Ocean Climate Initiative, 2012), and can deliver rainfall substantially lower in d18O values than average precipitation (Lawrence and
Gedzelman, 1996; Lawrence, 1998; Lawrence et al., 2002). Lawrence
and Gedzelman (1996) documented rainfall d18O values that ranged
from 7 to 14& associated with Hurricane Gilbert (in contrast to
non-cyclone-related summer rains which averaged 3&) (IAEA/
WMO) where it made landfall across Texas, USA in 1988 AD and
tied these lightest values to isotopic exchange between inflowing
vapor and falling rain. The area south of 18 S along the Western
Australia coast is dominated by dry subsiding anticyclonic air
masses associated with subtropical high pressure ridges. During
the austral summer, moist air masses shift southeast, bringing with
them convective thunderstorms, and in winter, rain may be derived
from fronts that shift northward from the mid-latitudes. In general,
the contribution of tropical cyclones to the annual hydrologic
budget decreases with distance north and south of 18 S, in part
because of the increase in rainfall derived from the IASM to the
north and winter rainfall events to the south (Milton, 1980; Dare
et al., 2012).
Tropical cyclone activity is linked to positioning of the ITCZ
(Wang and Magnusdottir, 2006), and the coastal area just north of
Cape Range is characterized by the highest average frequency of
severe tropical cyclones in Western Australia (bom.gov.au) (Fig. 1).
Therefore, southward migration of the ITCZ conceivably could have
pushed this tropical cyclone activity further southward, resulting in
elevated landfall events at Cape Range, and concomitant decreases
in average annual precipitation d18O values. Prerequisites for
tropical cyclone genesis include minimum SST of w26.5 C
(Nicholls, 1979; Dare and McBride, 2011) and variations in SST
associated with changes in Indonesian Throughflow form an
additional, poorly constrained influence on cyclone activity as this
would have impacted regional SST.
An alternative source of summer moisture during deglaciation
may lie in the IASM. Recent IASM reconstructions from the southern Indo-Pacific Warm Pool (IPWP) (Flores and the Flores Sea;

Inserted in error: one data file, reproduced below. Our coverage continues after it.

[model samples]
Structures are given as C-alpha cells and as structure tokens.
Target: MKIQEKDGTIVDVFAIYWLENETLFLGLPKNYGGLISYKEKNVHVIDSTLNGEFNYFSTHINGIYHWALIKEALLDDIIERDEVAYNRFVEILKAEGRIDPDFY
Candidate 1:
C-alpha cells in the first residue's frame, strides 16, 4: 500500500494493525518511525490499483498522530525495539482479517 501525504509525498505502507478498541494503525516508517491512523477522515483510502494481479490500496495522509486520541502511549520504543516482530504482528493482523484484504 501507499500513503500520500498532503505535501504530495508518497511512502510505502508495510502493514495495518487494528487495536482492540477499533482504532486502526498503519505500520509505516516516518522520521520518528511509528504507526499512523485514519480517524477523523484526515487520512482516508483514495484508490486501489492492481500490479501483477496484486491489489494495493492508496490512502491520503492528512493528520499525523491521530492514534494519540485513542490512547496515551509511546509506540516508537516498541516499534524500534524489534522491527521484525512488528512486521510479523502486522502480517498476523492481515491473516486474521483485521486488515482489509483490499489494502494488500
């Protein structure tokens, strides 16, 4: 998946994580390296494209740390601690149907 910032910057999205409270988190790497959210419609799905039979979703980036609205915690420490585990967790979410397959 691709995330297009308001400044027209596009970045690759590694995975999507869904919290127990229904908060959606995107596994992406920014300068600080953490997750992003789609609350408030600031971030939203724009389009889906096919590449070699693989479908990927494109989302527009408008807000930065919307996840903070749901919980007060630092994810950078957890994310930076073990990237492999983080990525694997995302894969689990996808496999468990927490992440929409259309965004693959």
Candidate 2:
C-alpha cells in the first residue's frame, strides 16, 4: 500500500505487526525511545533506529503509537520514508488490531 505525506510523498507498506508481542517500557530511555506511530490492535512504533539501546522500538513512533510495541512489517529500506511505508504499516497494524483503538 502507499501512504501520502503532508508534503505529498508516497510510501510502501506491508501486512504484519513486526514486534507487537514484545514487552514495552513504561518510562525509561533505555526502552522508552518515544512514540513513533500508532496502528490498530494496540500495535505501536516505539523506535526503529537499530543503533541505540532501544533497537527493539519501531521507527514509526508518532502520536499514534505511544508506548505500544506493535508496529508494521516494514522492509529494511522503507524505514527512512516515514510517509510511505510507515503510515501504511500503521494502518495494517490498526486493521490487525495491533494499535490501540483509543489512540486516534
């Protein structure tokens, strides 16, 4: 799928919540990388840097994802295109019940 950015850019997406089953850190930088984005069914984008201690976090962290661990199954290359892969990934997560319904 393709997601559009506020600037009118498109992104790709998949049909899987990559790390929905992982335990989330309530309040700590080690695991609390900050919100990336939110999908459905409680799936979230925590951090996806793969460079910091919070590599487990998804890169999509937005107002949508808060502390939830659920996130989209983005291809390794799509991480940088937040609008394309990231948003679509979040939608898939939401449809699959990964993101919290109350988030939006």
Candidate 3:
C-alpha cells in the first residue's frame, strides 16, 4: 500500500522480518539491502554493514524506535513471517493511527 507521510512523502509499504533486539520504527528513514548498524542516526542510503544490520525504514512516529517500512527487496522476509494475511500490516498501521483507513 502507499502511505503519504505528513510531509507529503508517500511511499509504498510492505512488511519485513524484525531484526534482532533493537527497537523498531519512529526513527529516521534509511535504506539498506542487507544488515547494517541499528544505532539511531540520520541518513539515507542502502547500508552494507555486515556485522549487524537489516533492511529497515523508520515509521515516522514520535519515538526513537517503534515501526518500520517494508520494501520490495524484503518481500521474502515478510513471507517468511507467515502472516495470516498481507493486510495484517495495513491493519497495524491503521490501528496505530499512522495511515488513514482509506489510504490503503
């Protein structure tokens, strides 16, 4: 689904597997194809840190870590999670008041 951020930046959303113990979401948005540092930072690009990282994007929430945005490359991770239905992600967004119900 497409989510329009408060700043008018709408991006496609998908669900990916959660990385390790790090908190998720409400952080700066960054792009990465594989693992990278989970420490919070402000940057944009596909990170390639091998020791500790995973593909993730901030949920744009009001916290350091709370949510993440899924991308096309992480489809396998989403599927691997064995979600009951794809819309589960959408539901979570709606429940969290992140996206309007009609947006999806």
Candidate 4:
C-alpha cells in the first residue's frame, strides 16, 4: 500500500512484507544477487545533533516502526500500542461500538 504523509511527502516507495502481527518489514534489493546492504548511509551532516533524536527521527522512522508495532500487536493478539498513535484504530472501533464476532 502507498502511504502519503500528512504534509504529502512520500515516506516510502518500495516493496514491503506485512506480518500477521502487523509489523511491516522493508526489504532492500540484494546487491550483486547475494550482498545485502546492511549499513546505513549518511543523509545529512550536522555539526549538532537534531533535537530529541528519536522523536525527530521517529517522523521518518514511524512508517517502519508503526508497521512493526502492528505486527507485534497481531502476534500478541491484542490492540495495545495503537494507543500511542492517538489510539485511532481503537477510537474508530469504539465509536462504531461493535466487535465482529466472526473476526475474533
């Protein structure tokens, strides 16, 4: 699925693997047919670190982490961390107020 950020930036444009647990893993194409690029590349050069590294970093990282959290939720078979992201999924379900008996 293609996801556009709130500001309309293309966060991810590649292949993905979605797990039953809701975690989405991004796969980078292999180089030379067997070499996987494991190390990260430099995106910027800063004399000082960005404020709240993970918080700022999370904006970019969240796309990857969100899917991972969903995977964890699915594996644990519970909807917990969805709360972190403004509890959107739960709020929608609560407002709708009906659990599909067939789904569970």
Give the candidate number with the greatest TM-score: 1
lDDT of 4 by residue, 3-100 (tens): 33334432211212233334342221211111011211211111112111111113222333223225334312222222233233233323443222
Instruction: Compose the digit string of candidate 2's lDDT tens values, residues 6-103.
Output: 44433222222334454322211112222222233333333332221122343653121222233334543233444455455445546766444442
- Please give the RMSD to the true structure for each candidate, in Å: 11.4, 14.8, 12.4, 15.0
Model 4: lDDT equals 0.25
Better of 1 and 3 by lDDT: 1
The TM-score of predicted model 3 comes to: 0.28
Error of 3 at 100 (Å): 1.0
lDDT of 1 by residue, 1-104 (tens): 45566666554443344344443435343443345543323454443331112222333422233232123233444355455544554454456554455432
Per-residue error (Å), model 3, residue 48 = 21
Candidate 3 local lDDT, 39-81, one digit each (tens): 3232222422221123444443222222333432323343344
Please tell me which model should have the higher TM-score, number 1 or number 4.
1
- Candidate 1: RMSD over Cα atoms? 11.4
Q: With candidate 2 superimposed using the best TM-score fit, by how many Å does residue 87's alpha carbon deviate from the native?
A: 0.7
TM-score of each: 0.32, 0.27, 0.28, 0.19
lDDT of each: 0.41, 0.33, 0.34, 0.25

Fig. 1) reveal evidence for monsoon links to North Atlantic climate
(Griffiths et al., 2009; Muller et al., 2012) with HS1 cooling in the
North Atlantic Ocean forcing a southward displacement of the ITCZ
through a reduction in Atlantic Meridional Overturning Circulation
(AMOC) and increased ice cover in the high northern latitudes
(Broccoli et al., 2006). Similar isotopic variability was documented
in stalagmites from Ball Gown Cave in the western Kimberley region of tropical Australia and which also showed a close similarity
to North Atlantic climate variations, with both HS1 and the Younger
Dryas marked by periods of enhanced IASM moisture and the
Bølling/Allerød characterized by a dramatic weakening in the IASM
(Denniston et al., 2013) (Figs. 1 and 9). The similarity of the d18O
record from C126 and the southern IPWP and western Kimberley
suggests that this monsoon displacement was regional in scale, and
thus raises the question of whether an increase in the contribution
of C126 dripwater derived from isotopically light IASM sources was
responsible for decreasing stalagmite d18O values during HS1.
R.F. Denniston et al. / Quaternary Science Reviews 77 (2013) 101e112
Fig. 9. Comparison of C126 oxygen isotopic time series (blue) with records of (A) IASM strength from Th abundances in Flores Sea core VM33-80 (Muller et al., 2012); (B) IASM
strength from stalagmite oxygen isotopic ratios at Ball Gown Cave, tropical Western Australia (Denniston et al., 2013); (C) Leeuwin Current strength from G. ruber abundances in
South Australia marine core MD03-2611 (De Deckker et al., 2012). Vertical yellow bars indicate Heinrich Stadials 1 (HS1) and 2 (HS2).
Interestingly, the C126 record does not preserve an isotopic
anomaly coincident with HS2 (24.5e23.5 ka) (Fig. 9), but HS2 may
have imparted a substantially smaller climatic response in the
western Pacific than did HS1, an interpretation supported by the
Chinese stalagmite record (Wang et al., 2001) as well as a South
Australia marine core (De Deckker et al., 2012) and the Ball Gown
Cave record (Denniston et al., 2013). Alternatively, the IASM may
have been sufficiently weakened during the LGM such that southward migration of the ITCZ and the monsoon trough failed to
deliver a sufficient increase in 18O-depleted moisture to Cape Range
during HS2 so as noticeably decrease stalagmite d18O values. In this
scenario, in which close teleconnections exist between Western
Australia and the North Atlantic, the gap in growth between the top
of C126-118 and the bottom of C126-117 is perhaps related to
northward migration of the IASM during Bølling/Allerød warming
in the high northern latitudes, although changes in cave plumbing
(infiltration pathways) are another possible source of the hiatus.
Geomorphic evidence from the Fitzroy River and Lake Gregory,
northwestern Australia, supports a significant strengthening of
monsoon activity only around 14 ka (Wyrwoll and Miller, 2001) and
pollen evidence from off-shore Cape Range supports increases in
monsoon rainfall at 14 ka (van der Kaars and De Deckker, 2002; van
der Kaars et al., 2006) (Fig. 1). Reconciling the hypothesis of a climatic origin for the missing stalagmite growth interval with the
IASM data will therefore require further investigation.
The decrease in stalagmite d18O values from 11 to 9 ka marks the
earliest Holocene and is not coincident with a period of North
Atlantic cooling but is instead characterized by rapid sea level rise